The oil market cooled down very rapidly in the last few days: the price of WTI oil and by extension United States Oil (USO) has tumbled down during May by nearly 18% – the sharpest monthly fall in over a year. What happened in the oil market that could account for such a sharp turn in the price of USO? There was some fundamental news that indicated oil prices could come down during May: The robust oil production of OPEC in recent months despite the tension between Iran and the U.S, the rise in OECD inventories. But it seems that the sharp appreciation of the US dollar and the concerns for the future oil demand are the main factors to explain this decline. Let’s examine the fundamental changes from last week and deconstruct this movement in oil prices.
During last week the price of WTI spot oil tumbled down by 8.2%; United States Oil (USO) price also fell by 8.18% and settled by Friday on $31.43; Brent oil declined by 8.47%; United States Brent Oil (BNO) tumbled down by 7.7% to reach $69.66. The recent sharp turn in oil prices are obviously not helping energy companies such as Chevron Corporation (CVX), the leading energy company, as its stock price declined by 2.4% during last week.
The chart below shows the price of WTI and Brent oil term during 2011 and 2012. It shows the recent drop in oil prices are among the steepest during these years.
The EURO/USD continued to decline last week by 0.66%. Furthermore, the AUD/USD also fell by 0.59%. There are still positive correlations among these exchange rates (EURO/USD, AUD/USD) and oil prices. This means as long as the USD will continue to appreciate against the EURO (especially as the European debt crisis continues to feed the anxiety in the markets and pressure down the Euro) this may further drag down oil prices.
This is likely to be among the key factors to consider for the recent decline in oil prices: the concerns for an economic slow down not only in Europe and U.S but also Japan and China – among the leading countries in importing oil are likely to keep the prices of oil down in the near future; unless the economic projections for these economies will change. The U.S stock market, which serves as another indicator for the future demand for oil in U.S, has also declined during last week: The S&P 500 (^GSPC) declined by nearly 3%. If the market won’t bounce back in the near future, oil prices are likely to remain low.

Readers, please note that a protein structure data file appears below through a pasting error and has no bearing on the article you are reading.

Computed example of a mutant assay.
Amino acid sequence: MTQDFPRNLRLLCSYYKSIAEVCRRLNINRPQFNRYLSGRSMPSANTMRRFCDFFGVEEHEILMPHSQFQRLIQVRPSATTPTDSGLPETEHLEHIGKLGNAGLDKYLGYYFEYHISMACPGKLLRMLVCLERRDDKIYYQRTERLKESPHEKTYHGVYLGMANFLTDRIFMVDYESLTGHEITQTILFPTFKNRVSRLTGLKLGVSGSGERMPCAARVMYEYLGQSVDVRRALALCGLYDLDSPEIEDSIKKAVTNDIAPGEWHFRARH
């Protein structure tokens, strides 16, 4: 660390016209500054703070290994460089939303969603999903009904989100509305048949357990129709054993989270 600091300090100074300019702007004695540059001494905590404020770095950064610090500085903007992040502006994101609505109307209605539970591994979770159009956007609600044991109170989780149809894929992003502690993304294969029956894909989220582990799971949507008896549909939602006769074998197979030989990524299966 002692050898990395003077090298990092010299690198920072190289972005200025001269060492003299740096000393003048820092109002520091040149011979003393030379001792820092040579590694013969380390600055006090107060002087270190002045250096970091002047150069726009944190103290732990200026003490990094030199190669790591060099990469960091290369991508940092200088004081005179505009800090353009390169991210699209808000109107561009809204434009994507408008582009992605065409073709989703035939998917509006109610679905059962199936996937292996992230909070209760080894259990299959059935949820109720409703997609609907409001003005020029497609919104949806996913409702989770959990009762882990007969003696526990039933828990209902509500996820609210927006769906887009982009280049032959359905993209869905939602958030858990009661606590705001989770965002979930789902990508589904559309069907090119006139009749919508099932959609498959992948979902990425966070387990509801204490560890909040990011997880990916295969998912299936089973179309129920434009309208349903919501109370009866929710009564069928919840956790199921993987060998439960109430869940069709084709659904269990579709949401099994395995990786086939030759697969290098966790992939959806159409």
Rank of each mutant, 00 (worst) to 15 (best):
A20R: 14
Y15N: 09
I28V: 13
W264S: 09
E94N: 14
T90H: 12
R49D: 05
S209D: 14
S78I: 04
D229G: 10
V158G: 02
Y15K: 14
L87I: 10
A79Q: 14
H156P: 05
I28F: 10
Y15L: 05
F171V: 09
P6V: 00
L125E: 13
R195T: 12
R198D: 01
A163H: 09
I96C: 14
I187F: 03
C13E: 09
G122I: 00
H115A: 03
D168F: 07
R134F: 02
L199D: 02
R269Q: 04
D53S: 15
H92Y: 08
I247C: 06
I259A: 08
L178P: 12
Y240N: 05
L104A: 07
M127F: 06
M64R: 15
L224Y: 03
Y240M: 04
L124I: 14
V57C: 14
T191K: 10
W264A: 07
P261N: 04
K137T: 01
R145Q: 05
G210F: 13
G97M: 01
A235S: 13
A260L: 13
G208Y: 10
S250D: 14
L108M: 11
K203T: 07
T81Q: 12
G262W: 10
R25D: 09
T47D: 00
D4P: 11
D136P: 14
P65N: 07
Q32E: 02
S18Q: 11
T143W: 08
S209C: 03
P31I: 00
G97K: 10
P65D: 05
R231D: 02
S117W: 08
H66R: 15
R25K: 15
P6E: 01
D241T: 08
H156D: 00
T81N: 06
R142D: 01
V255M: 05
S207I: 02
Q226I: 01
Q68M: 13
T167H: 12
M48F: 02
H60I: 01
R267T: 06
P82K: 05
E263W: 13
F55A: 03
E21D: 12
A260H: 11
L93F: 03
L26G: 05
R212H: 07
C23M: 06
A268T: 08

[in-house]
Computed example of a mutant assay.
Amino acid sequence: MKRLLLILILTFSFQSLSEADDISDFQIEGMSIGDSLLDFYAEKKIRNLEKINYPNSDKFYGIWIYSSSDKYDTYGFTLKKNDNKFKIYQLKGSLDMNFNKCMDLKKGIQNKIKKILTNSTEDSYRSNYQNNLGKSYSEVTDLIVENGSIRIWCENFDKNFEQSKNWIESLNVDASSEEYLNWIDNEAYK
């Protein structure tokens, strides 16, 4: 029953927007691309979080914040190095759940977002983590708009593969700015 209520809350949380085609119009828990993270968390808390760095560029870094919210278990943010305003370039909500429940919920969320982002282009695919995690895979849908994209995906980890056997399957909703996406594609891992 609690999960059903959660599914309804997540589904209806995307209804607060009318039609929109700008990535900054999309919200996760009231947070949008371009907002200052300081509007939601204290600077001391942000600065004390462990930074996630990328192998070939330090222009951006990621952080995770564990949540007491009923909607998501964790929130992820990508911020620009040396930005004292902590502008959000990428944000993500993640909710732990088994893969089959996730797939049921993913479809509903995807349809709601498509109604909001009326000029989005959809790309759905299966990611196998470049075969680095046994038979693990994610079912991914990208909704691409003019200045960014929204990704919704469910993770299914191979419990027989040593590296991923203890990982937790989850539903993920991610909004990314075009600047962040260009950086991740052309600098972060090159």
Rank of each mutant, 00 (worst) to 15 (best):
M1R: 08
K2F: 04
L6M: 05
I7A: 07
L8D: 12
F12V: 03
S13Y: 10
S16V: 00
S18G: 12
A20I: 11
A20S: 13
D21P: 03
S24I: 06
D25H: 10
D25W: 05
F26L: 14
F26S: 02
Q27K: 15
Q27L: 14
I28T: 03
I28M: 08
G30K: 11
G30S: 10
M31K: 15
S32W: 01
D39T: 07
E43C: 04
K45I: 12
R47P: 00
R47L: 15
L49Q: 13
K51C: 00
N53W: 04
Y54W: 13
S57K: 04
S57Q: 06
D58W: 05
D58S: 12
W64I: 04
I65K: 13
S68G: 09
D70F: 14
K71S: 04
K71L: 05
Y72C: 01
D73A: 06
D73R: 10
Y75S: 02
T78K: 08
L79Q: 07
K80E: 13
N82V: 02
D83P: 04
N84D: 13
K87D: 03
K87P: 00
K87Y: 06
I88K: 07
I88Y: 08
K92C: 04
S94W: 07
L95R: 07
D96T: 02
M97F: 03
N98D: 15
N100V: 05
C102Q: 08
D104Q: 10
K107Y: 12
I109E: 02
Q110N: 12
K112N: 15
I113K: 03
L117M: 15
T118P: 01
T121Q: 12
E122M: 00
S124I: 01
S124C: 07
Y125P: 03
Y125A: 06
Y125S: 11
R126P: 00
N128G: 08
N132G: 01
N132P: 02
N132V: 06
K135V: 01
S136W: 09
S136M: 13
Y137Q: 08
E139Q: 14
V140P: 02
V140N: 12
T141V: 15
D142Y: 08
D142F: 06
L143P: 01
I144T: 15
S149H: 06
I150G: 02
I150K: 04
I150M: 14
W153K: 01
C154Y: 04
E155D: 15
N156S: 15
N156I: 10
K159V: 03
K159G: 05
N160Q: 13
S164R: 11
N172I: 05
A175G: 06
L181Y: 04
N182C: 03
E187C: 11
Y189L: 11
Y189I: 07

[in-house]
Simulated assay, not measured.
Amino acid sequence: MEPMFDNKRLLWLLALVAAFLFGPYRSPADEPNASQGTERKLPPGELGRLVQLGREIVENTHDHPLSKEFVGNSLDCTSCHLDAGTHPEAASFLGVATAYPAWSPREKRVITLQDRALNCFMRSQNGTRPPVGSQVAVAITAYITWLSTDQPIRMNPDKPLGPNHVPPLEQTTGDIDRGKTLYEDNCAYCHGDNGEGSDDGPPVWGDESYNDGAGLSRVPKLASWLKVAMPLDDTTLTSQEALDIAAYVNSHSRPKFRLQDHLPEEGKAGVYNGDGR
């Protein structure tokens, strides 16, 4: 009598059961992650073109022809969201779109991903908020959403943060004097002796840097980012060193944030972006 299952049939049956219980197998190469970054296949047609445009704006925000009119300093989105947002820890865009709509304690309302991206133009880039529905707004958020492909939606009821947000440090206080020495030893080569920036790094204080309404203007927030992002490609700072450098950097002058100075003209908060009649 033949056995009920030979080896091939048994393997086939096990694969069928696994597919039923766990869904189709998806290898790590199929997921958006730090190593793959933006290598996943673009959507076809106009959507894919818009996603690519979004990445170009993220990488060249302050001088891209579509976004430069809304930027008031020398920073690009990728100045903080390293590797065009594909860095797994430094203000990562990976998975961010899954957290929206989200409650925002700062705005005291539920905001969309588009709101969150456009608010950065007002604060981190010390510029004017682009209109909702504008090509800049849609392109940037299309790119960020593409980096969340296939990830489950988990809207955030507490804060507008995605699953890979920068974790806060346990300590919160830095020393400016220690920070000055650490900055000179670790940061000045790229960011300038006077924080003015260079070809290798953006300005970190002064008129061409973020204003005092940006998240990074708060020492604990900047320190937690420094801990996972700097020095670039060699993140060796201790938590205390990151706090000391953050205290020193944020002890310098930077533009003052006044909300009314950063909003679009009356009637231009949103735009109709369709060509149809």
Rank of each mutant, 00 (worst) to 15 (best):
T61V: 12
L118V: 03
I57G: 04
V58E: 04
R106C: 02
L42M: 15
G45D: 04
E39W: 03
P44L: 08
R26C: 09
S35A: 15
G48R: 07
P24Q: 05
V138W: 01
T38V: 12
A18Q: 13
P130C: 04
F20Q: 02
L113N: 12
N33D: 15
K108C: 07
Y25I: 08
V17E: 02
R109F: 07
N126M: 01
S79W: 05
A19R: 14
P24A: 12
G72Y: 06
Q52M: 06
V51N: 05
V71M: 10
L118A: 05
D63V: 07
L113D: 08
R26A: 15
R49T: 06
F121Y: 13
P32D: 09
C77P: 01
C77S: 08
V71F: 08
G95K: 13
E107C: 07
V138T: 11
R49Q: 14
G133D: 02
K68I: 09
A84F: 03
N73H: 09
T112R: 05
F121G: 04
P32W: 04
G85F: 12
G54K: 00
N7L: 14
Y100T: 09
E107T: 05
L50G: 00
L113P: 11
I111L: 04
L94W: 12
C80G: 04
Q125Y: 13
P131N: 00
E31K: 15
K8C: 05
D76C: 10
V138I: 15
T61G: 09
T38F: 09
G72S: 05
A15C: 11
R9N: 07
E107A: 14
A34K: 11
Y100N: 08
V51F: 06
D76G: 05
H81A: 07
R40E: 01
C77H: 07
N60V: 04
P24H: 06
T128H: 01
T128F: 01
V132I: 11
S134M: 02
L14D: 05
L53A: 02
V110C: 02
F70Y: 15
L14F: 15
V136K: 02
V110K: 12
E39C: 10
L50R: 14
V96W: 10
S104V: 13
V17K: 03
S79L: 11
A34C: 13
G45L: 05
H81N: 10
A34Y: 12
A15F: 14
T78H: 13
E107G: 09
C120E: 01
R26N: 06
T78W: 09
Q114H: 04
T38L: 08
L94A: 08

From the Supply side during last week the U.S oil production edged up by 0.4% compared to the previous week and was 10.4% above the production level in 2011. Imports also edged up during last week by 0.7%; on the other hand they were 2.2% below the levels in 2011. The refinery inputs also rose on both counts (compared to last week and last year). This means the supply is still robust and may keep the U.S oil market loose.
U.S. Petroleum and oil stockpiles rose by 5.5 million barrels to 1,770.97 million barrels. The current oil stockpiles are 11.5 million barrels below oil stockpiles levels of the parallel week during 2011. This means the storage levels are very close to last year’s quota even though the current price is nearly 10% lower than the parallel time last year.
I suspect the decline in oil prices might continue as long as there are still concerns regarding a potential economic slowdown in the leading economies and no real and clear threat in the oil production. This means in the weeks to follow we might continue seeing a further decline in not only USO and BNO, but also other leading energy companies (assuming all things equal) such as Chevron Corporation (CVX) that will be adversely affected from the current fall in oil prices.
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